Laura Muntz: A Woman Artist Navigating the Art Scene at the Turn of the Century
Celebrating International Women’s Day in 2021, we acknowledge the contributions of women to all aspects of life, as professionals, with many fighting a global pandemic on the frontlines, and as caretakers and providers on the home front, contributing to the welfare of their families. Within this context, the celebrated Canadian Impressionist Laura Muntz (Lyall) serves as a defiant example of achievement in a male-dominated field and as a champion of womanhood within the confines of an era.
One of the most accomplished painters of her time, Muntz (1860–1930) had a successful artistic career in Europe, choosing to study in England, and then France. Living in Paris as a single woman during the 1890s, Muntz supported herself through teaching and administrative work at school – she was elevated to massiere (Studio head) at the Académie Colarossi – and through sales of her art. She was the first Canadian to receive the distinguished “Honourable Mention” at the Paris Salon exhibition in 1895.
Upon her return to North America in 1898, she established a studio in Toronto and began teaching, as well as exhibiting widely. She quickly gained critical acclaim at home and in the United States, winning medals at the Pan-American Exposition in Buffalo in 1901 and at the Louisiana Purchase Exposition in 1904. A member of the Ontario Society of Artists from 1891 onwards, she became the first woman to serve on its Executive Council. She continued to be successful in Europe, where her paintings were featured in the prestigious French newspaper L’Illustration and the international Studio magazine, published in England.
During Muntz’s artistic career, from the late Victorian period and into the early 20th century, both the changing role of women in society as well as the intimate bond between a mother and child became themes that were universally celebrated in art. Seeking to portray a timeless subject, a number of internationally acclaimed women artists, including Berthe Morisot and Mary Cassatt, had made the motif of womanhood their primary theme during the 19th century. Depictions of women at work or in their domestic world celebrated women’s strength and maturity. Notwithstanding the confines of the period and concentrating on moments in time, Muntz sought to create a psychological study of a personality and convey the inner emotional life of her models in works such as A Daffodil, acquired by the National Gallery of Canada in 1910. Muntz avoided sentimentality and, in her compositions of mother and child, she strived for the expression of love through restrained tenderness, which she saw as an expression of moral strength.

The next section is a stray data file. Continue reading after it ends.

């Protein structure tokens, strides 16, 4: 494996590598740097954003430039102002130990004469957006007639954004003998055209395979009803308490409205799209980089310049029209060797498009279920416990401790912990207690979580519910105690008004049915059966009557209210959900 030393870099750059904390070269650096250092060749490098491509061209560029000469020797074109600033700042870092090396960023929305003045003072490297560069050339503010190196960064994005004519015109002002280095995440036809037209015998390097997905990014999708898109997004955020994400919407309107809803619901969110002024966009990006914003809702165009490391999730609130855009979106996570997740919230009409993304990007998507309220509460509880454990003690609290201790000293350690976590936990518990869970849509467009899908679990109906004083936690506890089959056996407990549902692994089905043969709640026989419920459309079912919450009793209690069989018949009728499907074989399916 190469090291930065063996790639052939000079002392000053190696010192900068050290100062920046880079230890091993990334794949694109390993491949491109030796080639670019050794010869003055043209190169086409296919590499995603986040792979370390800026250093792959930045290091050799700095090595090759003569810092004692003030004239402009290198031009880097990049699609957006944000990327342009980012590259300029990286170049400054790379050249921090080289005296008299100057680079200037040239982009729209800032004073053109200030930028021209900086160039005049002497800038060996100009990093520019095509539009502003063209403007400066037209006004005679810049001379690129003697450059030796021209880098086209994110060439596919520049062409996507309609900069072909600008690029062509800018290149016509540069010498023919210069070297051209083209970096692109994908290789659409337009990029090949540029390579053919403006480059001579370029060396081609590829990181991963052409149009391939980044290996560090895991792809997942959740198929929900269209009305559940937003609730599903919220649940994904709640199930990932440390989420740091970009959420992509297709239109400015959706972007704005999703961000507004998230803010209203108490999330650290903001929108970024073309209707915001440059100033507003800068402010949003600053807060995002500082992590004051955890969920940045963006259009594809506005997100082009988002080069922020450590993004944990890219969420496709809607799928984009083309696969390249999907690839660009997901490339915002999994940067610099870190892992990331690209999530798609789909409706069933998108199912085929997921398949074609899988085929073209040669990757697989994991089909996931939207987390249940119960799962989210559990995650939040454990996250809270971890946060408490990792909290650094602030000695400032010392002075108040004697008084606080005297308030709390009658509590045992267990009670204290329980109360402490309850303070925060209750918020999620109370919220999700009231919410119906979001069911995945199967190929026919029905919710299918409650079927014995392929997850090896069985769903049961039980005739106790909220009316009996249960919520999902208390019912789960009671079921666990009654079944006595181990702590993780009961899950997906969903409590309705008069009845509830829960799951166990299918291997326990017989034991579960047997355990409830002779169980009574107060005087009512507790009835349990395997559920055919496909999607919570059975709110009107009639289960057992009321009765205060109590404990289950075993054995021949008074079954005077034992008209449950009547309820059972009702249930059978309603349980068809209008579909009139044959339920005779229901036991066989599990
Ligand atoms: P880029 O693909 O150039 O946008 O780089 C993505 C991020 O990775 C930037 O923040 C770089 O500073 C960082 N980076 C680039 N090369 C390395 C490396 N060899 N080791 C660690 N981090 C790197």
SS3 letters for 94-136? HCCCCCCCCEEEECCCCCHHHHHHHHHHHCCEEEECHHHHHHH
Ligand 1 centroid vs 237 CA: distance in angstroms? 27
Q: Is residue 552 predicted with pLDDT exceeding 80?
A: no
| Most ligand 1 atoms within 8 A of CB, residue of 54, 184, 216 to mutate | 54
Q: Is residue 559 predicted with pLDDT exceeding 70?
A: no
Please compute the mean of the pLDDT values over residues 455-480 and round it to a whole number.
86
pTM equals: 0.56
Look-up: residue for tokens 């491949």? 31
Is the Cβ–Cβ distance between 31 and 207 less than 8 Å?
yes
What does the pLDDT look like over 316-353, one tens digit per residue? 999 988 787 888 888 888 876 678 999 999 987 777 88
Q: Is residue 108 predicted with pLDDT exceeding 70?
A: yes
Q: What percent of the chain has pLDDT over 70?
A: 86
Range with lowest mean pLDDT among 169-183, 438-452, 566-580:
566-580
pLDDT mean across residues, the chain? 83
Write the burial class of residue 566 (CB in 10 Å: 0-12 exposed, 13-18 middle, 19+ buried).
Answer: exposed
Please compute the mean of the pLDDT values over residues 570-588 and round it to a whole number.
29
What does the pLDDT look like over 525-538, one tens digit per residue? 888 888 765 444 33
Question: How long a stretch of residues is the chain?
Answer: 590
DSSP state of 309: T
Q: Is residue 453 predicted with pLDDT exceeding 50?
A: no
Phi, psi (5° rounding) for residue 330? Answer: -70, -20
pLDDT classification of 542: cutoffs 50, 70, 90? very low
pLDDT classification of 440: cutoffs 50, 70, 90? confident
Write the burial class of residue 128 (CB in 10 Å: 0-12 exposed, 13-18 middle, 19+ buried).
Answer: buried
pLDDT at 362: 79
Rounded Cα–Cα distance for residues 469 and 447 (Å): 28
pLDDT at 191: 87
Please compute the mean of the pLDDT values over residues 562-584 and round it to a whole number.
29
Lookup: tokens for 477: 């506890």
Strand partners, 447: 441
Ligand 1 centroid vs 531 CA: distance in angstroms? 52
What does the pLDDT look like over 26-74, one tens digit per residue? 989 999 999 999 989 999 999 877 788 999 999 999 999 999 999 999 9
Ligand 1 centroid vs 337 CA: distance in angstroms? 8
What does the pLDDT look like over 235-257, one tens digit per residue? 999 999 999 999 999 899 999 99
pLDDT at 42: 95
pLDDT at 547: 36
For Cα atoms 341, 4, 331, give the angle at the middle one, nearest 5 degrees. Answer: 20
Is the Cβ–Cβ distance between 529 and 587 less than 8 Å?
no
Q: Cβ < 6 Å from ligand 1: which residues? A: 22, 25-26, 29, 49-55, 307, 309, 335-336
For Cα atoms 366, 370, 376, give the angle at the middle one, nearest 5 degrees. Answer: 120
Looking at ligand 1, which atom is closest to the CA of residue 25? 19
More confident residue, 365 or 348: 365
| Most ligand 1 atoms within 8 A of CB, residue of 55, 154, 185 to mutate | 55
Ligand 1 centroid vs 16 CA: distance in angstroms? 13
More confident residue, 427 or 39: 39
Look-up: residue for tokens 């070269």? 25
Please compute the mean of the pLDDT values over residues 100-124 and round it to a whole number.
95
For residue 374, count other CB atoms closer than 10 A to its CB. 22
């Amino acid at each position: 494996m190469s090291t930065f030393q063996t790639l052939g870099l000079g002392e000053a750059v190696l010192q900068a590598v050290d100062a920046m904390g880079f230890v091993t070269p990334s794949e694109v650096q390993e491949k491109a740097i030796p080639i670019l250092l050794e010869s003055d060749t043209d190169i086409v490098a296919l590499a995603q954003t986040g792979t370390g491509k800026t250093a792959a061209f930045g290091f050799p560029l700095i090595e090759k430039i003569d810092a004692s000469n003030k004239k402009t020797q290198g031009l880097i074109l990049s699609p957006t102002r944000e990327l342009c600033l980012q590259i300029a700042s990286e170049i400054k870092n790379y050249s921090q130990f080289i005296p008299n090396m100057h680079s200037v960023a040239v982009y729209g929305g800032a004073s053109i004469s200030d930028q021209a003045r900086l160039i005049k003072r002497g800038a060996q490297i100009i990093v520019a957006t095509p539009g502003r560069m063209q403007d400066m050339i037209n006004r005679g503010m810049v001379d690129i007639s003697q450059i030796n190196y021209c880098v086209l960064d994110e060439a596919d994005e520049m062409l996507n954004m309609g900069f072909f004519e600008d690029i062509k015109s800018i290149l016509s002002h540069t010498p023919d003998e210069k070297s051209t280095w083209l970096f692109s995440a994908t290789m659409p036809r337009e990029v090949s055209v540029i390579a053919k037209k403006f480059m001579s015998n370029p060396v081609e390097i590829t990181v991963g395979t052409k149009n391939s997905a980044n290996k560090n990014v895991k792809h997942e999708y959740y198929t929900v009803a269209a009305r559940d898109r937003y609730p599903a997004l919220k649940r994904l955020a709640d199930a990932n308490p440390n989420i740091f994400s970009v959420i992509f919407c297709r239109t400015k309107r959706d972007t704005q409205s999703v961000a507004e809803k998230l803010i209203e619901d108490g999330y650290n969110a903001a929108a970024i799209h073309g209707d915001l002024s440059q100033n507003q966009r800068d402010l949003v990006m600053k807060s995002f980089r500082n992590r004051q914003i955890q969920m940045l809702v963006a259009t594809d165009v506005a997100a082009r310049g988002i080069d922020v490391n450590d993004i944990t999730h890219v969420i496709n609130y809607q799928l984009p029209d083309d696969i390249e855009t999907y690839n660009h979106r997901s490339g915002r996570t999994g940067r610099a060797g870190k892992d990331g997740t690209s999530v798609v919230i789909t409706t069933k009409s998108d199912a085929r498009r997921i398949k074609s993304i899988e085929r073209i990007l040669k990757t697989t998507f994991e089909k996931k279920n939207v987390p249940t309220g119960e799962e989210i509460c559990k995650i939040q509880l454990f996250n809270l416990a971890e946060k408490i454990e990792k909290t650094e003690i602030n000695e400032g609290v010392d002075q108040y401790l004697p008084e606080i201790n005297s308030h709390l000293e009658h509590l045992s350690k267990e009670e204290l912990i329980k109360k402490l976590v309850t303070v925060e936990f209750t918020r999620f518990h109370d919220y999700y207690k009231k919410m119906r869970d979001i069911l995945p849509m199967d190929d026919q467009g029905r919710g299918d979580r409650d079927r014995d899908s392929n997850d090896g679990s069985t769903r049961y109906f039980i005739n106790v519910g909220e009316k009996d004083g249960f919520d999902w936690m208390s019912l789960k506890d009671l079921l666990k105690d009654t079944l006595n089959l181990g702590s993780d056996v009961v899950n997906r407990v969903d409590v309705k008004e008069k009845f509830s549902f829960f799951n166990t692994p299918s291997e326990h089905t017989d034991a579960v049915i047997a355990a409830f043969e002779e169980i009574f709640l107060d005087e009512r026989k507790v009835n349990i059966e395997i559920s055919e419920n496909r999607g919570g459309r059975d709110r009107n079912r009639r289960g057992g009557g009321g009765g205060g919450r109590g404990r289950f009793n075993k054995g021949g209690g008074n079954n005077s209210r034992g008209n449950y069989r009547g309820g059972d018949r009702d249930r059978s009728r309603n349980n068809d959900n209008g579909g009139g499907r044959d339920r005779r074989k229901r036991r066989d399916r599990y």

The exploration of new themes, such as women at leisure, enabled her to project her own conviction as a professional artist and a feminist. With sensitive subtlety, she signalled in these works the newborn freedoms resulting from changes to women’s roles in society and from the advancements of an industrialized age. While the right to want and deserve equality and recognition may appear natural today, for women of Muntz’s era even the simplest need for personal growth or for restorative leisure and repose was subject to social mores and, frequently, the approval of a male authority figure. In her portraits of women at leisure, Muntz consciously implied the entitlement of her female sitters to recreational and personal time.
A major source of inspiration, children were a favoured and frequent subject of the artist throughout her career. The purity and innocence of her portraits of children have no parallel in Canadian art. In 1915, at the age of 55, she married her brother-in- law, Charles Lyall, following the sudden death of her younger sister. Adapting to her role of stepmother to eleven children (only a few still remaining at home), she installed her studio at home and continued to paint until her death fifteen years later.
Despite still being governed by the strict gender rules of Victorian middle-class society and ahead of the shift to greater emancipation in the 20th century, Laura Muntz succeeded in pursuing her artistic aspirations and achieving recognition as a leading artist. She developed her own individual interpretation of the Impressionist style and, through her use of rich colour and subdued light, adopted a popular genre to communicate her sense of modernism and inspire the next generation of women artists, who would build on the innovative advances made by women artists like Muntz.
Laura Muntz's painting A Daffodil is on view in A104 at the National Gallery of Canada. Her work is also featured in the Gallery’s exhibition Canada and Impressionism: New Horizons, which will be presented from January to June 2022. Share this article and subscribe to our newsletters to stay up-to-date on the latest articles, Gallery exhibitions, news and events, and to learn more about art in Canada.